Rwanda stands on the changing scope for the reduction of production of primary plastic polymers
By Ange de la Victoire DUSABEMUNU
According to experts, plastic consumption and production have already reached unsustainable levels worldwide. “While production is expected to double in the next 20 years, waste generation and release of plastics will follow suit as the world will not be able to handle that amount. So the co chairs and proposed measures and targets for keeping the supply of primary plastic polymers within sustainable levels are needed to reduce plastic pollution.” said Erlend Arneson Haugen, Coordinator of the High Ambition Coalition to End Plastic Pollution.
In addition, it will be necessary to develop markets for non toxic secondary materials and measures to reduce production of plastic polymers which will also complement efforts to reduce greenhouse gas emissions.
These are some of the views expressed on Thursday, 16 March 2023 during a webinar that was organized to discuss the High Ambition Coalition to End Plastic Pollution during which the Government of Rwanda, as the Co-Chair of the Coalition was invited to be part of the discussions that lasts about 1 hour.
The co chairs present possible options for the End plastics treaty. The first is a general obligation that each party should be required to take effective measures to reduce the production of primary plastic polymers to an agreed level to reach common targets. And these measures could be taxes, tariffs, fees, permits, licences, events and regulations and removal of subsidies.
And secondly, on transparency. Each party should be required to report on the quantities and type of plastic polymers produced, as well as the quantities and types of chemicals in production.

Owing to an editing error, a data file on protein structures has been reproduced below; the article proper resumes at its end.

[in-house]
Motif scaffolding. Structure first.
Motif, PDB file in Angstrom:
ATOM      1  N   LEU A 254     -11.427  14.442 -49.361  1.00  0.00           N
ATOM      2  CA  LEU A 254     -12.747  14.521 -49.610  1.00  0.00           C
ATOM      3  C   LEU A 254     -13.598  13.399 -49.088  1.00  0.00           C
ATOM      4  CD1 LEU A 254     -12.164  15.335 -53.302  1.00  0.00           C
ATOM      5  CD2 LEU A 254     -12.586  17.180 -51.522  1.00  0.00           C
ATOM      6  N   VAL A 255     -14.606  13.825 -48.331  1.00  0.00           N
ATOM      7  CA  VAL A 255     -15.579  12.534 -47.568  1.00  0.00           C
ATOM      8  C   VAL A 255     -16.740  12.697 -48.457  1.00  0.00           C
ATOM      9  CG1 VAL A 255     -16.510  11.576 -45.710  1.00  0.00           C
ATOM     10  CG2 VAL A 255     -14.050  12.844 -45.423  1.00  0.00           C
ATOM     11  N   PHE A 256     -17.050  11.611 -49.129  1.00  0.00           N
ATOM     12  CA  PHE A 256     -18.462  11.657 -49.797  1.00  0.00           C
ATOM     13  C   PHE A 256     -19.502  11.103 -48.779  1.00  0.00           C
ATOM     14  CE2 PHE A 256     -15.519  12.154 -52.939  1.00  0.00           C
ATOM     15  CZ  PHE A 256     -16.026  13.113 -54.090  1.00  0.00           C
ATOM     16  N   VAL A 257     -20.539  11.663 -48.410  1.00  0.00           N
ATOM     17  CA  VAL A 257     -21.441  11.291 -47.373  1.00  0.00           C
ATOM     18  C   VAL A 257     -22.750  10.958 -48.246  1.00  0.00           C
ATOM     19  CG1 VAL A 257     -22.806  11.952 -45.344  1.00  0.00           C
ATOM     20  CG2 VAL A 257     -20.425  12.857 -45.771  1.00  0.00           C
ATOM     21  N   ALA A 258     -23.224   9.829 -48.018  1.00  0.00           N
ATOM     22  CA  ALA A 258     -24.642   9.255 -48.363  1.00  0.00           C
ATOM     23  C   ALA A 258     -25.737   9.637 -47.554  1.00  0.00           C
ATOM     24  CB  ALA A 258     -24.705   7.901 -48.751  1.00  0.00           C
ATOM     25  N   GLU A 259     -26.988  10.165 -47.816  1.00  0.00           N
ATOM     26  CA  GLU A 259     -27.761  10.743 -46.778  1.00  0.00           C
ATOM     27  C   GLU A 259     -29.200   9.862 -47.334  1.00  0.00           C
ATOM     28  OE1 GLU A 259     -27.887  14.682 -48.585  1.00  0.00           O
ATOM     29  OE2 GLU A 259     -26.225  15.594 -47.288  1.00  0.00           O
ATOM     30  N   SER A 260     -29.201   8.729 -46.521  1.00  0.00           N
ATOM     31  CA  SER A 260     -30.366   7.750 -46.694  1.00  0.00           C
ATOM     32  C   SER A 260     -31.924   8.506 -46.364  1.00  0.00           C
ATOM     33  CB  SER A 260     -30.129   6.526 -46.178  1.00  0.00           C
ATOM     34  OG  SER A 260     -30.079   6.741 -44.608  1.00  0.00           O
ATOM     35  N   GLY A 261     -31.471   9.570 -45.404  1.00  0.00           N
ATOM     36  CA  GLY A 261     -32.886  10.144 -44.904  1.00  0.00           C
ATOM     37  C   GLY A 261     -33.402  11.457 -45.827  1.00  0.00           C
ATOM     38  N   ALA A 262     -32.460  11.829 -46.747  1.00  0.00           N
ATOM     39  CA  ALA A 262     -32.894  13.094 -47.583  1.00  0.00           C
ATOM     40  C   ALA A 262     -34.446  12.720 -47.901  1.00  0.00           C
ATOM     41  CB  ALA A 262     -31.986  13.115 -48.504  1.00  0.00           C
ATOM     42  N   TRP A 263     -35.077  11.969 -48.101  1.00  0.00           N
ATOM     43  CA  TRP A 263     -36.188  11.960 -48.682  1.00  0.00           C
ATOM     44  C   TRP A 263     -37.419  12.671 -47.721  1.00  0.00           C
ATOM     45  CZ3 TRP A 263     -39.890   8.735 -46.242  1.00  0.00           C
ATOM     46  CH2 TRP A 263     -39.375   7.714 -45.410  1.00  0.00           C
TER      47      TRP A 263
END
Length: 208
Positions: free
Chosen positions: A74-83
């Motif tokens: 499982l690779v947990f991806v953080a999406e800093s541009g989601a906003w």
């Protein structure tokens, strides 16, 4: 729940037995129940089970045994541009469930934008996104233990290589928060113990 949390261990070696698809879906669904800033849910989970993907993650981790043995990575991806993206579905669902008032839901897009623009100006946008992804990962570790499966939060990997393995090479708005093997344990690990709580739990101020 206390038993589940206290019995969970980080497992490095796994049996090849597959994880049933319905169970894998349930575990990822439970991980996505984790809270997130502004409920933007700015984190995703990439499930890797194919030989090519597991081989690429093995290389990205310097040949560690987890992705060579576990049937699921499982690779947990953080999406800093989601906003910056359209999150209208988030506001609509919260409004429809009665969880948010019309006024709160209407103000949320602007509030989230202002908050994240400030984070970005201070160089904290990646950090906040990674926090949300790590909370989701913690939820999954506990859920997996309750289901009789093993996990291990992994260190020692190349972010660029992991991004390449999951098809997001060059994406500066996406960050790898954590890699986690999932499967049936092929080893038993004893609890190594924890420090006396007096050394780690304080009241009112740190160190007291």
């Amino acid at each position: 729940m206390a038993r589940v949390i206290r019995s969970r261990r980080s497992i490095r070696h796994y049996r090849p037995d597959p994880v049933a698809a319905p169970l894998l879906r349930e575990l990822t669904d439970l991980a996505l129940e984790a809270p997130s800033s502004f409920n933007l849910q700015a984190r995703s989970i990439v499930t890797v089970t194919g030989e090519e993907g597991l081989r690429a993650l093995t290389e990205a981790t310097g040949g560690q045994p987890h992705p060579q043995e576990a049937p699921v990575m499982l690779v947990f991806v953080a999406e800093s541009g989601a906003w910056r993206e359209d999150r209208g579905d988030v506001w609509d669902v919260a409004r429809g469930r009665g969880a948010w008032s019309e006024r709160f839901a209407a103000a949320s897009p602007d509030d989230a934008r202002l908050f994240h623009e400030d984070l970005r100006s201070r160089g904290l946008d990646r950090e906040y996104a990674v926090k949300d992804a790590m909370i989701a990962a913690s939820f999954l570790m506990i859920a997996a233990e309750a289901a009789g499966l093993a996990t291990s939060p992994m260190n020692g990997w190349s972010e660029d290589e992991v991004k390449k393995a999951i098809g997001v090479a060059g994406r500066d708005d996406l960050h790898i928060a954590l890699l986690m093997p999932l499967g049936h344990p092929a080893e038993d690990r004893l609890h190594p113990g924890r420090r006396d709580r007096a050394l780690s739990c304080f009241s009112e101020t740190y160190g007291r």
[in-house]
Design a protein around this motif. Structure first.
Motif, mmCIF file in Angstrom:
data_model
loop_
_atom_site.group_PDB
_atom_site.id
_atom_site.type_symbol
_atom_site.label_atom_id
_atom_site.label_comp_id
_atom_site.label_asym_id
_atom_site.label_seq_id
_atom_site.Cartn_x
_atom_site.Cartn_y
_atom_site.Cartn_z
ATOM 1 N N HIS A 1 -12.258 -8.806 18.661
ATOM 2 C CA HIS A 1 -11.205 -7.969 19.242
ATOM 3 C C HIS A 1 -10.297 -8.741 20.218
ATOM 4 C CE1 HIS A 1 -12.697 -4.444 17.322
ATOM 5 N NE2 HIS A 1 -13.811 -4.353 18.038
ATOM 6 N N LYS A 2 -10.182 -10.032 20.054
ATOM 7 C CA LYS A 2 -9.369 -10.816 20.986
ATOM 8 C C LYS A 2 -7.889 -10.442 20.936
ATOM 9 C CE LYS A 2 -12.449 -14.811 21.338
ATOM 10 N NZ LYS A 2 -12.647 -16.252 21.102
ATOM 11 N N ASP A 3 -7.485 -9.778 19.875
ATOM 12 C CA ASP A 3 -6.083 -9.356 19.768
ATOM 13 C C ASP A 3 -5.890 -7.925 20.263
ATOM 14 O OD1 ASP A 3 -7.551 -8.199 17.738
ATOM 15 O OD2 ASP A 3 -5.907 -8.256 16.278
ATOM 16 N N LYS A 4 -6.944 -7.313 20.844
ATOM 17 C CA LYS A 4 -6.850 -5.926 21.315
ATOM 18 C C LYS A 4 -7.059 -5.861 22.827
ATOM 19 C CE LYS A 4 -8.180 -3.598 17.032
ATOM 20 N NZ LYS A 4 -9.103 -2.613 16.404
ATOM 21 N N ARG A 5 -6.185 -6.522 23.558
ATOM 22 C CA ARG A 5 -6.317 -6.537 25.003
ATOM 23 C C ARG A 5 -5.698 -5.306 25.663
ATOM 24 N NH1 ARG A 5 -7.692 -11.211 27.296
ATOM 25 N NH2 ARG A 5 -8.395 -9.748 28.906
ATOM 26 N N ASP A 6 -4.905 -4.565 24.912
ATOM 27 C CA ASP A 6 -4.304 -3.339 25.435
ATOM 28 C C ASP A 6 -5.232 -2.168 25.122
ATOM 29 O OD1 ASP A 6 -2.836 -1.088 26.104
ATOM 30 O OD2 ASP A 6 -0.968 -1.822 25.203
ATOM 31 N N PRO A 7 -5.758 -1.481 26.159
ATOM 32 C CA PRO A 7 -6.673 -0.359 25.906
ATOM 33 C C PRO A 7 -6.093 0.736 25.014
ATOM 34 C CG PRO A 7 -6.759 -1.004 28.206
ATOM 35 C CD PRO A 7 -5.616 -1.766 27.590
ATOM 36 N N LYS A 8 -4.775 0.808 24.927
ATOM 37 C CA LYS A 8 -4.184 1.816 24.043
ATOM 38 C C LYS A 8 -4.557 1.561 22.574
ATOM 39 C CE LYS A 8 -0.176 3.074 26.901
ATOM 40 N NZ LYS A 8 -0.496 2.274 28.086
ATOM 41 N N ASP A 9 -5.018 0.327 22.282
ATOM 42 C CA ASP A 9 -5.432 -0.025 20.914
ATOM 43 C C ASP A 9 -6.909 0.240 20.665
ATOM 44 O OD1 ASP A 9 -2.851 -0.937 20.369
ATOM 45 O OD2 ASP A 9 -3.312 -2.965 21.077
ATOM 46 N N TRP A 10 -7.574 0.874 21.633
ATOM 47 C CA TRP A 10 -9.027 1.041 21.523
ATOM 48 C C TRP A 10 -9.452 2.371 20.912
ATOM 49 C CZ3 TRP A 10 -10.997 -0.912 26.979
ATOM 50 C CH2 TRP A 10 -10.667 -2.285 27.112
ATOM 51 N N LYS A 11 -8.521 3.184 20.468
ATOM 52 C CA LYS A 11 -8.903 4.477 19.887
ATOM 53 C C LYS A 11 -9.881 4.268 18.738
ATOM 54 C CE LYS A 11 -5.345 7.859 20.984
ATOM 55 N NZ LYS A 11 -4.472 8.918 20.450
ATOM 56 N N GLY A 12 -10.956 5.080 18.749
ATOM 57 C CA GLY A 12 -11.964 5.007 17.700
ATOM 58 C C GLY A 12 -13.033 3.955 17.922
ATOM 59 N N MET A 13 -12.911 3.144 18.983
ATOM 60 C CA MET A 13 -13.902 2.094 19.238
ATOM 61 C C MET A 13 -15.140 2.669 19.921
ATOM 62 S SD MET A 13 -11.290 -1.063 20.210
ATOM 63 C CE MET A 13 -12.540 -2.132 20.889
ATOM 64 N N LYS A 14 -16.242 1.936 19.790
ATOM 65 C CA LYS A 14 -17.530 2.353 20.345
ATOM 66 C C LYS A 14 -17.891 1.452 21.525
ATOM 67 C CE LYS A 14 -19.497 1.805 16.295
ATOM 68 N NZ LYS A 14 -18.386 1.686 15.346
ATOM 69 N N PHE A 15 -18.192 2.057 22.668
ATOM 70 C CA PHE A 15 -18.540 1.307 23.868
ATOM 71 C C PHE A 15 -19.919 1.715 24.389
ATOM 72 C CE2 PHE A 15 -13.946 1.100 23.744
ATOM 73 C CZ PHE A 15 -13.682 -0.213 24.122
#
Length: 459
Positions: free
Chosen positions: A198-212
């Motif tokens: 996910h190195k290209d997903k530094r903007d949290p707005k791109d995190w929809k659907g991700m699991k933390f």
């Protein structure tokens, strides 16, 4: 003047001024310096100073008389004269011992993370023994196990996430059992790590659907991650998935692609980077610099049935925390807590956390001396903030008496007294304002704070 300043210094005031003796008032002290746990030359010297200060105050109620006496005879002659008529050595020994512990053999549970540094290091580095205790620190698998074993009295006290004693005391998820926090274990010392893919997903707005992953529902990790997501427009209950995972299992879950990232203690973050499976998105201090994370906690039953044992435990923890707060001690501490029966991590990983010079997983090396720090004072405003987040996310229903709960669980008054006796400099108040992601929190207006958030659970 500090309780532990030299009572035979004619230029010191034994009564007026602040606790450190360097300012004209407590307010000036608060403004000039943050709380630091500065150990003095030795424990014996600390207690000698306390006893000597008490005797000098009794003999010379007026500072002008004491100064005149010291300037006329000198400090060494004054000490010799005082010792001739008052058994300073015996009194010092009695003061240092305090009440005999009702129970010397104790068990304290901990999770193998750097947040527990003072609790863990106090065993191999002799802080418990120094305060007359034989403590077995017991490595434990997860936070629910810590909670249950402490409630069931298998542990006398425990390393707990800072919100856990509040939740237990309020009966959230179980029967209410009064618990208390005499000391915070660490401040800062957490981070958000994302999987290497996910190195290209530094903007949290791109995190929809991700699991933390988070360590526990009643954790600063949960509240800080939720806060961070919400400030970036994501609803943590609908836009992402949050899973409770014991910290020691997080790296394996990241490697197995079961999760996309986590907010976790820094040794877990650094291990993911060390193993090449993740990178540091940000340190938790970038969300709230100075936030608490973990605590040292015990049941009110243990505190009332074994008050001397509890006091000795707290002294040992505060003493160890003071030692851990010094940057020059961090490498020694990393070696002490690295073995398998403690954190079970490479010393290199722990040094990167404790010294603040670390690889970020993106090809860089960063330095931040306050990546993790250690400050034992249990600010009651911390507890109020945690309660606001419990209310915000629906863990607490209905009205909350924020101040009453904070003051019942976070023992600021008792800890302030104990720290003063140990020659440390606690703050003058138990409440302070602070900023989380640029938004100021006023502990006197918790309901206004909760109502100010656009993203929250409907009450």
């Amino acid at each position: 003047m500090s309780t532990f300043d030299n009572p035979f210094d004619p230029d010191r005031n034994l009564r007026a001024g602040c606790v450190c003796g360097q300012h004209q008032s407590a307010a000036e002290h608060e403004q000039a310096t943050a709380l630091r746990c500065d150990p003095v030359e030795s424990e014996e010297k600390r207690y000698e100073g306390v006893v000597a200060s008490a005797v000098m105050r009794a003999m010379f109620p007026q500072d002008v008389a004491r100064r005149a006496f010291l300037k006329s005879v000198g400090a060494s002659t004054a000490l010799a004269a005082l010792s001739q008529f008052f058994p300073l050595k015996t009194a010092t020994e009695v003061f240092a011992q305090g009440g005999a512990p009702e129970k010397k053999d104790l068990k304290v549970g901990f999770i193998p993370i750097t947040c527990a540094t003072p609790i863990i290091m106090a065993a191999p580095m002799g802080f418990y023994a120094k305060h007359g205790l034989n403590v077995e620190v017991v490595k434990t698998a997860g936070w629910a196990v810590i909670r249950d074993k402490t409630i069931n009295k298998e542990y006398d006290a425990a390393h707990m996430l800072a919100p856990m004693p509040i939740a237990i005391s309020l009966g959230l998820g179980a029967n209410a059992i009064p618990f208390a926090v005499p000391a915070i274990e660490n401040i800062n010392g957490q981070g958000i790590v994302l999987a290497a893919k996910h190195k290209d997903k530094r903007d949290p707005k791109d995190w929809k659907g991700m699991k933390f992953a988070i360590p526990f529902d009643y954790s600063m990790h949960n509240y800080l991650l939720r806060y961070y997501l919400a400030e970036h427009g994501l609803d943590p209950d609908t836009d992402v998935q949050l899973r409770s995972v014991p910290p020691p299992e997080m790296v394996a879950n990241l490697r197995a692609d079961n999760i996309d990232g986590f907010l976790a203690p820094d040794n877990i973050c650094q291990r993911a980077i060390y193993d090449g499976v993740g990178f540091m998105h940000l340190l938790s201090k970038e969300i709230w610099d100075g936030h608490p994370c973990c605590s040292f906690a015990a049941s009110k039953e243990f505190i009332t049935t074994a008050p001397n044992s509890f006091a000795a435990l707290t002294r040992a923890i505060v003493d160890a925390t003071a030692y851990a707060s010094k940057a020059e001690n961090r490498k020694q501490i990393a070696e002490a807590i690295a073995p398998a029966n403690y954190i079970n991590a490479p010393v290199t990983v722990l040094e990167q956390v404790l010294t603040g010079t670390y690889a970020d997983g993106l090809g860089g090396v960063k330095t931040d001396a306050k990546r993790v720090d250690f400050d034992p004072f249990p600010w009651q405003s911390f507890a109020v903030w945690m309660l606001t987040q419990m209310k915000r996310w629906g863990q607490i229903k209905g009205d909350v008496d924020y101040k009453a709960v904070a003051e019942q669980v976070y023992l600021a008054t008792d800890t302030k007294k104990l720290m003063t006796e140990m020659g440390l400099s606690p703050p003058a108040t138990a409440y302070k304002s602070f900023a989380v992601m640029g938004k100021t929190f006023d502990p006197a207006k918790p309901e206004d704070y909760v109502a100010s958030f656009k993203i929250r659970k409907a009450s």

Many who have followed the issue of ending plastic waste for some time have noted that the scope of international discussions about plastic pollution has been expanded in important ways, since the resolution on marine litter and microplastics was adopted at the UN Environment assembly in 2014.
For Juliet Kabera, the Director General of Rwanda Environment Management Authority, changing the scope of international discussions about plastic pollution is very much welcome.
She said “for us it represents an evolution of our collective understanding of the scope of the problem and how to meaningfully address it.”
She also added that “It’s important to remind ourselves of the scope of the problem where Plastic consumption has quadrupled over the past 30 years.”
Ms. Juliet Kabera warned that “Without action, plastic pollution is set to double over the next 20 years and triple by 2060 which is clear that plastic production and consumption have reached unsustainable levels.”
She said It is no secret that countries are already failing to deal with plastic pollution and this failure to manage the situation will only make the work to protect human health and the planet much harder, if not impossible.
“If you want to take a business as usual approach, plastic pollution would likely become an unattainable goal. Yet another planetary crisis, our generation, would have failed to address. That is why a timely and ambitious global plastic treaty, which is so critical, it will reduce current and future environmental damages,” Ms. Kabera said.